Friday, 26 February 2016
Regulating the Sharing Economy
We hope you’ll join us on Monday for a discussion on the issues and potential challenges of regulating the sharing economy. Dr. Robert Murray will be speaking at this session along with Darren Thomas and Nancy Jacobsen. We caught up Dr. Murray to get his perspective on the issues government faces in regulating the sharing economy.
IPAC Impact Blog: What is the sharing economy?
Dr. Murray: The Sharing Economy is a socio-economic system that has emerged over the last 10-15 years that enables people to share resources, commodities, or services.
IPAC Impact Blog: Who participates and why?
Dr. Murray: The Sharing Economy enables sharing among a number of groups, and in many cases, motivation is based on ease of sharing, perceived benefit, access to a new or innovative approach to an industry, and is highly technological in nature.
IPAC Impact Blog: What is the overall impact on the economy?
Dr. Murray: It’s too soon to say in terms of a quantifiable calculation, in my opinion. The greatest impact thus far has been on our perceptions of industry control, regulation, competition, and governance.
IPAC Impact Blog: How can government regulate the sharing economy to ensure safety, competitiveness, tax compliance, etc.?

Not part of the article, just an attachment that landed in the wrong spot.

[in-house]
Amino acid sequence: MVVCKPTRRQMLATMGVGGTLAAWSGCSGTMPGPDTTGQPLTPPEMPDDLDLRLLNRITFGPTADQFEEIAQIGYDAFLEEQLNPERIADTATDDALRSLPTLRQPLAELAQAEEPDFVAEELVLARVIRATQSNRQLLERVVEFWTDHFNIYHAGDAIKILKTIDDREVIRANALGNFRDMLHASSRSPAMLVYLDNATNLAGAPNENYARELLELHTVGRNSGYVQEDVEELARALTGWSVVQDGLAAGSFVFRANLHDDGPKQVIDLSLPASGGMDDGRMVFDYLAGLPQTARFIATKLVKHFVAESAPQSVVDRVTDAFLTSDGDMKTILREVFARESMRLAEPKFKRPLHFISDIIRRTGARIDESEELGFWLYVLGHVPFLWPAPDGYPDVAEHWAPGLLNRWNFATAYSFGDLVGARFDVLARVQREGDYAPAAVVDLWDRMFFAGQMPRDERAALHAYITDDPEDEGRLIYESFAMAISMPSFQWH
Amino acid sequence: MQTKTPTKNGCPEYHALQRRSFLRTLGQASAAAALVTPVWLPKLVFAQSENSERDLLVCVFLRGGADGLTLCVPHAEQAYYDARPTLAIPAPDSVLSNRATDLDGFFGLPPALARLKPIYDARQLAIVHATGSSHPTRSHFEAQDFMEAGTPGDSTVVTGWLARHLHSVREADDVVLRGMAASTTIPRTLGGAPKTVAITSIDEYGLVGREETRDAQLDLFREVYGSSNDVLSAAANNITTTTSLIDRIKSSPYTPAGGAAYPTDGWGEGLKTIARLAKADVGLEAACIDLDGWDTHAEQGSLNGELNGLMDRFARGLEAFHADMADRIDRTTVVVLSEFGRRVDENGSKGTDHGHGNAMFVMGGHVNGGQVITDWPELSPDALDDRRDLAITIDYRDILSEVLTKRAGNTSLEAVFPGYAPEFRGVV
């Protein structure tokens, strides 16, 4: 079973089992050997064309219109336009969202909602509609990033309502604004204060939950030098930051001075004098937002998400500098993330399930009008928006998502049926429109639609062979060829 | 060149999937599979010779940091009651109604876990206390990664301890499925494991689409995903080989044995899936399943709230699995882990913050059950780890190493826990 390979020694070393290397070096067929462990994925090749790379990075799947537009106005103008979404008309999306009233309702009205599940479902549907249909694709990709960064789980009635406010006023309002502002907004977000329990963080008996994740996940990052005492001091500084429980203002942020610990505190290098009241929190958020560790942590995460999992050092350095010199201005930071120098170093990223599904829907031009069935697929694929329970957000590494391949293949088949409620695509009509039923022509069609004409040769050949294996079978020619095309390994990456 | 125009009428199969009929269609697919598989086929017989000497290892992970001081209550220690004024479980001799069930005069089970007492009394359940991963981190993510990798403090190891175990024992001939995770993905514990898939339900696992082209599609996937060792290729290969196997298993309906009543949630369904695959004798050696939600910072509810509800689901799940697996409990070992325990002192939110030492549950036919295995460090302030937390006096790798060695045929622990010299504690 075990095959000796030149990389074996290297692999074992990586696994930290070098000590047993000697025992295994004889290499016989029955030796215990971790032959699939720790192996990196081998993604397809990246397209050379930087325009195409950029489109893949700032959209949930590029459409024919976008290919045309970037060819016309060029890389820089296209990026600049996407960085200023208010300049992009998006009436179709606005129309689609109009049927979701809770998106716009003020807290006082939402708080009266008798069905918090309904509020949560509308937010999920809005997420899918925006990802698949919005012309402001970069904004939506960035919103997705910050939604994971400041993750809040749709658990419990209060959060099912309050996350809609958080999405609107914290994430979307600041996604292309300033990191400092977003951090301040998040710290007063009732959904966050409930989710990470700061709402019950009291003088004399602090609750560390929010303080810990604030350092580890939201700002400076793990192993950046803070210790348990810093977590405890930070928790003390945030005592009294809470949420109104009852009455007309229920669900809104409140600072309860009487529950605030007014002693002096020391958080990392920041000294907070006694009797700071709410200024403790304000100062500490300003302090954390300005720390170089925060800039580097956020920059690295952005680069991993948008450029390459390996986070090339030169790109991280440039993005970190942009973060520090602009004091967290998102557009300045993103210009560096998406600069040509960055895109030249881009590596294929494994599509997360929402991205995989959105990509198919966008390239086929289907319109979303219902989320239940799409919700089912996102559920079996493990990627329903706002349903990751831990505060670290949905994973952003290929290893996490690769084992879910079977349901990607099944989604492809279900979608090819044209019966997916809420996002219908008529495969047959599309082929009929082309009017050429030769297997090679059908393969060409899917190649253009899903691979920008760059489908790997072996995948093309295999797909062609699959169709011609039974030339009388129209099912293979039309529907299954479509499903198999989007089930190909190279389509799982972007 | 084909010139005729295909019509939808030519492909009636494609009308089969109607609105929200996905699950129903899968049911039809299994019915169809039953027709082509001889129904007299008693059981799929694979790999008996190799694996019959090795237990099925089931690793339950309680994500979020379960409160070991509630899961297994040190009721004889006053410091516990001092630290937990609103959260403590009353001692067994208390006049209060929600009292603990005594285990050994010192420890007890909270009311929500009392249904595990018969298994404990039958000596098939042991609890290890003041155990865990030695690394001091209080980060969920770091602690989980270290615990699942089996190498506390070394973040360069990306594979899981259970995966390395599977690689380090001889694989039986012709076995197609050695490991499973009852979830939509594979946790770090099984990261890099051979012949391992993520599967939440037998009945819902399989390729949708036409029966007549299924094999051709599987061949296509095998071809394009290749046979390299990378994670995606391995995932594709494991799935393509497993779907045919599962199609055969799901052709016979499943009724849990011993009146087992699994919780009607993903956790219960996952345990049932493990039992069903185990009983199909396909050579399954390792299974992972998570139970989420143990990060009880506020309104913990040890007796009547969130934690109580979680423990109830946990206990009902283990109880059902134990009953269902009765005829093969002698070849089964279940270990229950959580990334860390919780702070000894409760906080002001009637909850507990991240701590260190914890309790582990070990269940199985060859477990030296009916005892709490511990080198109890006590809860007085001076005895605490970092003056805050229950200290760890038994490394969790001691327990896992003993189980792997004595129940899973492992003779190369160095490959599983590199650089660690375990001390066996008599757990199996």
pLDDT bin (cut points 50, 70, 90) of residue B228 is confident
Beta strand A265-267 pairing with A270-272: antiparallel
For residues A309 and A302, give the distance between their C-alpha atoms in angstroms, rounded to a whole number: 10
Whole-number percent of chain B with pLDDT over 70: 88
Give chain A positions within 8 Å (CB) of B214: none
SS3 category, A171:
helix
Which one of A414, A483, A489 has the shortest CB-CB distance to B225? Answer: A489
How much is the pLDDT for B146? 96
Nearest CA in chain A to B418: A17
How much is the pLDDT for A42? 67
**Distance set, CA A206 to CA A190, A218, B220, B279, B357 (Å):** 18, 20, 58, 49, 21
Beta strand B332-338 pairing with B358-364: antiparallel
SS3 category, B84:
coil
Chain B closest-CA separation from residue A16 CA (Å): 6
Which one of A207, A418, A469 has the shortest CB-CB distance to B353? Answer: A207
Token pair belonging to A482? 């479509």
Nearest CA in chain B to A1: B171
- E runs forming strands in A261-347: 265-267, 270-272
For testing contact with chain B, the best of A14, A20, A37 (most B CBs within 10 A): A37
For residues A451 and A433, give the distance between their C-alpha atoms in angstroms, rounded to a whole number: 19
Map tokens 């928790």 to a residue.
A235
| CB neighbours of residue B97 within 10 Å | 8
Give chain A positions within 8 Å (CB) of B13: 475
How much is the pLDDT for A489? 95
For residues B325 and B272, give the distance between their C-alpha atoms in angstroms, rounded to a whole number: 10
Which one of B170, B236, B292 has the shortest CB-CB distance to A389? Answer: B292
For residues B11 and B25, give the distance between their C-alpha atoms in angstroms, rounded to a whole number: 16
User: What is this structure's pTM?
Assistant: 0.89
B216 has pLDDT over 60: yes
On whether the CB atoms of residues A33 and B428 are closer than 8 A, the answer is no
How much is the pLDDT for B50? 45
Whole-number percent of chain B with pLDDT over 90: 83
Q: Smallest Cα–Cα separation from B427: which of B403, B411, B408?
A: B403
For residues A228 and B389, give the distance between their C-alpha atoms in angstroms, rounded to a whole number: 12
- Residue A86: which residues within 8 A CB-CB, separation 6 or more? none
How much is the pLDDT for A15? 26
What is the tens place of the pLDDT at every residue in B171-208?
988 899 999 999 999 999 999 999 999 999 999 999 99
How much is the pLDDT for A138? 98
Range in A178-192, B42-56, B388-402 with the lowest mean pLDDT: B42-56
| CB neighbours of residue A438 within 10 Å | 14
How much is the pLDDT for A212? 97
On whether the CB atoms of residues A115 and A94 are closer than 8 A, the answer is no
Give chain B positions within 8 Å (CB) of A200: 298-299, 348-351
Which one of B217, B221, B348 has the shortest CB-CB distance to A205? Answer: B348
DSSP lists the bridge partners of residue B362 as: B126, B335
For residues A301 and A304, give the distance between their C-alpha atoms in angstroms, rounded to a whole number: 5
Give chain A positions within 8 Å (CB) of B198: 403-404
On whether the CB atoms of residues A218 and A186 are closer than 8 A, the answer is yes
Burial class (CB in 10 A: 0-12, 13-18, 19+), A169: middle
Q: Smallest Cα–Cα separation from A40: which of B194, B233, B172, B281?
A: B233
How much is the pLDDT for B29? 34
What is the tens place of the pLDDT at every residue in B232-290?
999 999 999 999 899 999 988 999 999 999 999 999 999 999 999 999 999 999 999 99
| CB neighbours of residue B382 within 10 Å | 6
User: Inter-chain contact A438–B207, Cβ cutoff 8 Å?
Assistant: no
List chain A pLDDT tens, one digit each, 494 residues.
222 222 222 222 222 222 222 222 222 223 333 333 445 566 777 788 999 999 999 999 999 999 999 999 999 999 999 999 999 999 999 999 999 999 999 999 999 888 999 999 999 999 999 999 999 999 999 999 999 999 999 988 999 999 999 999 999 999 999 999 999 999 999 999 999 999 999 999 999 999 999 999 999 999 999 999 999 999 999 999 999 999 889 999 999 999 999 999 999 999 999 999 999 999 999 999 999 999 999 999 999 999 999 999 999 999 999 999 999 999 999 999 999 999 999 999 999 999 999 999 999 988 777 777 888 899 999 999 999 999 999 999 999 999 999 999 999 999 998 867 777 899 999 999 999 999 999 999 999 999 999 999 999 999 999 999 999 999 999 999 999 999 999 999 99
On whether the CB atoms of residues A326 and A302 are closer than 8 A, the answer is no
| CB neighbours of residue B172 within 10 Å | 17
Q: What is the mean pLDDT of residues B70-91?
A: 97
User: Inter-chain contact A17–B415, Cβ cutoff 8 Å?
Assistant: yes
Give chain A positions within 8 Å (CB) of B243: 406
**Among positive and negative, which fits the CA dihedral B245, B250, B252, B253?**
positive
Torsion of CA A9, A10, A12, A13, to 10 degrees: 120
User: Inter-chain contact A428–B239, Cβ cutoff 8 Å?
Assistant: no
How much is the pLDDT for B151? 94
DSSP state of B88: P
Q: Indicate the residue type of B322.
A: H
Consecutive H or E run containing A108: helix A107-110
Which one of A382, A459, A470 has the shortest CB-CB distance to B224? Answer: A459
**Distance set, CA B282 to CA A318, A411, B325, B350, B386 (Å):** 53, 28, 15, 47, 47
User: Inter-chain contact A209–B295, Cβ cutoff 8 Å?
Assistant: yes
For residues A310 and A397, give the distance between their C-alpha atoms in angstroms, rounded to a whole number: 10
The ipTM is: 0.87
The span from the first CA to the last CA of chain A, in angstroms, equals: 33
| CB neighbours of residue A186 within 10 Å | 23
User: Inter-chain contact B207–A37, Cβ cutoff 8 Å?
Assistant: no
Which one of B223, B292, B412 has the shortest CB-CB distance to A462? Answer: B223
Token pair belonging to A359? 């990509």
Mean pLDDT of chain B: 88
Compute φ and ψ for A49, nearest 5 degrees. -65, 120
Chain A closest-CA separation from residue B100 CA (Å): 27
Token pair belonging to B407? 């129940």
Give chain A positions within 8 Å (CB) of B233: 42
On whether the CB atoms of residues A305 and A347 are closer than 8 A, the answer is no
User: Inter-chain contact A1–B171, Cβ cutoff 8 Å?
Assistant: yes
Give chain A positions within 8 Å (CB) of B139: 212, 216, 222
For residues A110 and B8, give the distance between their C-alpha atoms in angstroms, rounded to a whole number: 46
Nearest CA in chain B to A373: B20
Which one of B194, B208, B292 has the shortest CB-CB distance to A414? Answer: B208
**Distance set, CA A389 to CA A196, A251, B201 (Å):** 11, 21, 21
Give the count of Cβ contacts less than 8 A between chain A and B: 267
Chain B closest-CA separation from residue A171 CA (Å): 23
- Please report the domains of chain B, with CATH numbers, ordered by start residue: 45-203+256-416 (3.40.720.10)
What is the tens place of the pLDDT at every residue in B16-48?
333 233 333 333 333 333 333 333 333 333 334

Dr. Murray: The first step is for government to understand *why* the services that fall under the Sharing Economy have become so popular, so quickly. By identifying the variables that have made the Sharing Economy popular for consumers, government can better determine how to approach regulatory issues without fundamentally interfering or eliminating the most benefit-driven aspects of the Sharing Economy.
IPAC Impact Blog: What kind of challenges does the sharing economy pose to governments?
Dr. Murray: Quite a number, including statutory authority, regulatory development and compliance, oversight, registration, etc.
The sharing economy is an major phenomenon that we’re looking forward to discussing further. If you haven’t registered yet, go to https://www.ipac.ca/edmonton/registration-policyforbreakfast to sign up. Also, stay tuned to the blog where we will provide a summary of the key issues and ideas discussed at this event.